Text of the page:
The hover command is all-encompassing. Elements that sit around the link will move if the hover wants an underline. If anything moves when you perfom the rollover, lose the underline.


Uhhhh...Don't Do This

(Unless you have a darn good reason)

I am quite sure that you can come up with examples whereas the following three methods work well. In fact, if you take a look at the Goodies Navigation Bar (on the left), you'll see that I've changed the rollover font. That's the first thing I tell you to be careful of below.

Notice though that my navigation bar links do not affect anything that sits around the links. That's the key to using one of these. Does it affect what's sitting around the link?

I am simply stating that the changes below are very dynamic and affect all that sits around them. Your format must remain stationary. The link rollover effect is not more important than your page's format.

Let me state that again:

The link rollover effect is not more important than your page's format.

In short, don't use these unless you've got a very good reason and, "I think it's really cool" is not a good reason.

You can make it so that a new font appears upon rollover. Watch the text below it move.

New Font


You can make it so that when rolled, the text expands or shrinks. Again, watch the text move.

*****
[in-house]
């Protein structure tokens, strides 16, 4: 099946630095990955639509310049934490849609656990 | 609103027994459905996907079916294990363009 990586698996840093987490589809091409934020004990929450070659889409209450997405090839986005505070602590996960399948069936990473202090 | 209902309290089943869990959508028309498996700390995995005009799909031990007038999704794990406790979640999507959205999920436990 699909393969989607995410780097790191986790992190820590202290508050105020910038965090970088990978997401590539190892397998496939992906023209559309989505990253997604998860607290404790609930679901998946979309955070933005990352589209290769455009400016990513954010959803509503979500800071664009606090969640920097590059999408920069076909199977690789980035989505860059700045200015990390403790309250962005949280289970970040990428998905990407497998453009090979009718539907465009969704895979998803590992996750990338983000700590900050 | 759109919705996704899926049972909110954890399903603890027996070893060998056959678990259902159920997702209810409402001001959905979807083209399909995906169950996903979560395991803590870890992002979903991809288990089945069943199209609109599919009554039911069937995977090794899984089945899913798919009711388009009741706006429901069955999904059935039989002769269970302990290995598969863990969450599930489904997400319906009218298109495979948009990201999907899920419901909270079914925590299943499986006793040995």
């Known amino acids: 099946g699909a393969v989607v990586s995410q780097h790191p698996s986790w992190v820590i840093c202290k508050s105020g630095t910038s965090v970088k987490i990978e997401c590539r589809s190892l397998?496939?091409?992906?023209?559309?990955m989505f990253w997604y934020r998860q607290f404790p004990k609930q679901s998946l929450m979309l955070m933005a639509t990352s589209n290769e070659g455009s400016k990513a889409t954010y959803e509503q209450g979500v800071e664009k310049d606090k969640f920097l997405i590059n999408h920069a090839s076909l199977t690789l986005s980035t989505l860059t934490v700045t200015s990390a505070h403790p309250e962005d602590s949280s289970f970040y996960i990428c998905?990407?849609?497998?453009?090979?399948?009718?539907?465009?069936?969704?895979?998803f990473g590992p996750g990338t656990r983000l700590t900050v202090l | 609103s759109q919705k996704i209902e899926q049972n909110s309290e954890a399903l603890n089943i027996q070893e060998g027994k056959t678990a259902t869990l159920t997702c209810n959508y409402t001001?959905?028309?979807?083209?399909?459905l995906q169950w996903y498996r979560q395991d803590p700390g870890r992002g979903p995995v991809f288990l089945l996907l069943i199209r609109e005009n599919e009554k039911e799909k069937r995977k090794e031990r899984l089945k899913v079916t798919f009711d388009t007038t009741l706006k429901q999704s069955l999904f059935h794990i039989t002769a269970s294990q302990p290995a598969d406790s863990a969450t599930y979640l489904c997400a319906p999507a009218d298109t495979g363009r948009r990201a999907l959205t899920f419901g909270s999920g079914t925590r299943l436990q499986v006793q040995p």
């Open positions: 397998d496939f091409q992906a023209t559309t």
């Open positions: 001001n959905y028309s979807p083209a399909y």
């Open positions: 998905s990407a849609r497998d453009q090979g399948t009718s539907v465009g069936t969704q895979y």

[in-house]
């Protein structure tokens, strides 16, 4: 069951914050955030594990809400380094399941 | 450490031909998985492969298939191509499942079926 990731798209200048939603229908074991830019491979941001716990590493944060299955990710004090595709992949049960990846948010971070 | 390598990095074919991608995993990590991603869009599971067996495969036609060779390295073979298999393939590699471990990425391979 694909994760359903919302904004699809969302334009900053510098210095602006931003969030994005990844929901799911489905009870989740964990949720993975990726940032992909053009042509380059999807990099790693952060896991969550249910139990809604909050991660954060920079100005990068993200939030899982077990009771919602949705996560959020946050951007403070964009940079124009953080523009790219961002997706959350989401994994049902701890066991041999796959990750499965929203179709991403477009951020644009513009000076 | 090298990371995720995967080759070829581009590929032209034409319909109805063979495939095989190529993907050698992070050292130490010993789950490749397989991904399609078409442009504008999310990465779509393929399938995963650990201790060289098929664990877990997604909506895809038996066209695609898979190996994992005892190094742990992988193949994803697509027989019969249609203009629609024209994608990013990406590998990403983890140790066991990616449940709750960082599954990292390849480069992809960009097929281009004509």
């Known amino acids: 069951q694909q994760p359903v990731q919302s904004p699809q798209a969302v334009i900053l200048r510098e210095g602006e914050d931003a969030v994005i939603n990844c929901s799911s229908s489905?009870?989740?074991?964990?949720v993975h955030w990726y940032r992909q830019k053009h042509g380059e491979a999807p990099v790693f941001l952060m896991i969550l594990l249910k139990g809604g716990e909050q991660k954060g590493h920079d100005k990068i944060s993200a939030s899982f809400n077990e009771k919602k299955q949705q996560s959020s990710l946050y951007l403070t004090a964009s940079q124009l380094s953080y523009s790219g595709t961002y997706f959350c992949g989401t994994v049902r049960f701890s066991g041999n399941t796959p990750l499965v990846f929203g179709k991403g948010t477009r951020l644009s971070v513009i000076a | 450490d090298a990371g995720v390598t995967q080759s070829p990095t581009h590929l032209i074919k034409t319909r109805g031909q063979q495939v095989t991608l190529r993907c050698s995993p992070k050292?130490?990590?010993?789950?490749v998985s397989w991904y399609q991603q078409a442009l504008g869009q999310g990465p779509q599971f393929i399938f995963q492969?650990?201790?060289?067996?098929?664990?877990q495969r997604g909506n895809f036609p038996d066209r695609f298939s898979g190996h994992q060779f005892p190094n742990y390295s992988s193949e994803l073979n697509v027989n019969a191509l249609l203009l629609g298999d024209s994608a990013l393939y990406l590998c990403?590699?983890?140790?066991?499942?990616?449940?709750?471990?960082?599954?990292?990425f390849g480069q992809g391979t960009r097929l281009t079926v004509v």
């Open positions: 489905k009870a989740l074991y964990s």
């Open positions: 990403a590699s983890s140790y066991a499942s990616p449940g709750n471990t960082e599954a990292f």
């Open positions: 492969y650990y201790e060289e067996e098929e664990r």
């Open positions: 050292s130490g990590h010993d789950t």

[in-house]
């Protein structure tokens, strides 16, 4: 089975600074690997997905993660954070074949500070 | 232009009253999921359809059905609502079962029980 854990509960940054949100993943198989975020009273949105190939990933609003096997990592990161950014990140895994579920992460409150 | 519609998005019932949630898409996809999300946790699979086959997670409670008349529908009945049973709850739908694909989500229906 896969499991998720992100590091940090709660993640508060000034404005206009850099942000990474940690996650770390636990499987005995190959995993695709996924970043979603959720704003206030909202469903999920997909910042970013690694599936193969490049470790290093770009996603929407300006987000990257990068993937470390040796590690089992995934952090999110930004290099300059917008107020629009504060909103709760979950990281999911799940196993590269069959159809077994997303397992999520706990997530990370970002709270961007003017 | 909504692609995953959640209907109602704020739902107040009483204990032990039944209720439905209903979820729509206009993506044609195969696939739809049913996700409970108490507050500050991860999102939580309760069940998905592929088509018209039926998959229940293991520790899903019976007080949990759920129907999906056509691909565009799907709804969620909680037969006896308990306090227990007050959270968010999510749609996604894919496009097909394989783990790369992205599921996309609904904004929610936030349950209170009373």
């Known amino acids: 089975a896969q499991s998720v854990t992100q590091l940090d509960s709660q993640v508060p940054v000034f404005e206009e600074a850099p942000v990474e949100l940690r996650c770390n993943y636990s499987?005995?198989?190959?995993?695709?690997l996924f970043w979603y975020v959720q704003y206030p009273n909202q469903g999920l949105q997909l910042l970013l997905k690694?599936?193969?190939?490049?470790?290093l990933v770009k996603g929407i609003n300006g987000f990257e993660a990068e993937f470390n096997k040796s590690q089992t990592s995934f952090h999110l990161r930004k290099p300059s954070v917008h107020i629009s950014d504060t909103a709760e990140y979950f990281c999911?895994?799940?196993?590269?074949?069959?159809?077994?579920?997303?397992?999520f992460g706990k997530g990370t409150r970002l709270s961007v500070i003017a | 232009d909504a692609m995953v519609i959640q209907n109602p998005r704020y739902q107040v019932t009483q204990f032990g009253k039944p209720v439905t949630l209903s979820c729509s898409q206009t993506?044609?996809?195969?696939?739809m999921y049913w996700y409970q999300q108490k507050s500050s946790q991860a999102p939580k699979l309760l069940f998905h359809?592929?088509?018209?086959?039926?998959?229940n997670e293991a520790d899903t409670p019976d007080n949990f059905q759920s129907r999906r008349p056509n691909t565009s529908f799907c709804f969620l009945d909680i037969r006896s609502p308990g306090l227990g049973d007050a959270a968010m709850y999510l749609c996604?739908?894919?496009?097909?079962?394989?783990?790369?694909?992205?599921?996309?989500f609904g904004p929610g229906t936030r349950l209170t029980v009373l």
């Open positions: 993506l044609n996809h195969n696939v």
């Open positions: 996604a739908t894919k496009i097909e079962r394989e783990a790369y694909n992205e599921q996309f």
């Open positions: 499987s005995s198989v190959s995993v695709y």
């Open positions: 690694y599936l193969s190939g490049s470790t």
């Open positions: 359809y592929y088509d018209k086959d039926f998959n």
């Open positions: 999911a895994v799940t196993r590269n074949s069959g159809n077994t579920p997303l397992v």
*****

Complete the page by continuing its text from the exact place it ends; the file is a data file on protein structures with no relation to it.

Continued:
New Font Size


You can make it so that the text becomes bold when you rollover.

Bold


I've even seen pages where the rollovers became italic.

Italic


Some might say that the two just above, bold and italic, would not have moved the text below if I hadn't placed an underline as well. That might be true, but the rollovers certainly would have affected text that sat on the same line. Notice that both of the links expanded.

Here, in order, are the codes that will create the effects above. The code that actually created the effect is in bold.

<STYLE TYPE="text/css">
a.link { color: green; text-decoration: none }
a.active { color: yellow; text-decoration: none }
a:visited { color: green; text-decoration: none }
a.hover { color: orange; text-decoration: underline; font-family : Verdana, Arial, Helvetica, sans-serif; }
</STYLE>

<STYLE TYPE="text/css">
a.link { color: green; text-decoration: none }
a.active { color: yellow; text-decoration: none }
a:visited { color: green; text-decoration: none }
a.hover { color: orange; text-decoration: underline; font-size:40pt }
</STYLE>

<STYLE TYPE="text/css">
a.link { color: green; text-decoration: none }
a.active { color: yellow; text-decoration: none }
a:visited { color: green; text-decoration: none }
a.hover { color: orange; text-decoration: underline; font-weight: bold}
</STYLE>

<STYLE TYPE="text/css">
a.italic:link { color: green; text-decoration: none }
a.italic:active { color: yellow; text-decoration: none }
a:italic:visited { color: green; text-decoration: none }
a.italic:hover { color: orange; text-decoration: underline; font-style: italic}
</STYLE>

Joe's Opinion #7: If the rollover causes elements around the link to move so the effect can be generated, avoid the effect. Keep your format steady.


That's That

I am a fan of text-based navigation. It helps the page to load faster because there aren't two images for every link and the effect is realized right away rather than the flip taking a second to run because the second images hasn't quite loaded.

But if you're going to use the effect, use it wisely. I hope this helps.

Enjoy!

[Hooray for Text-Based Navigation]
[Visited and UnVisited: Same Color?]
[Multiple Color Groups]
[Highlight It!] [Underline or No Underline?]
[Uhhhh...Don't Do This]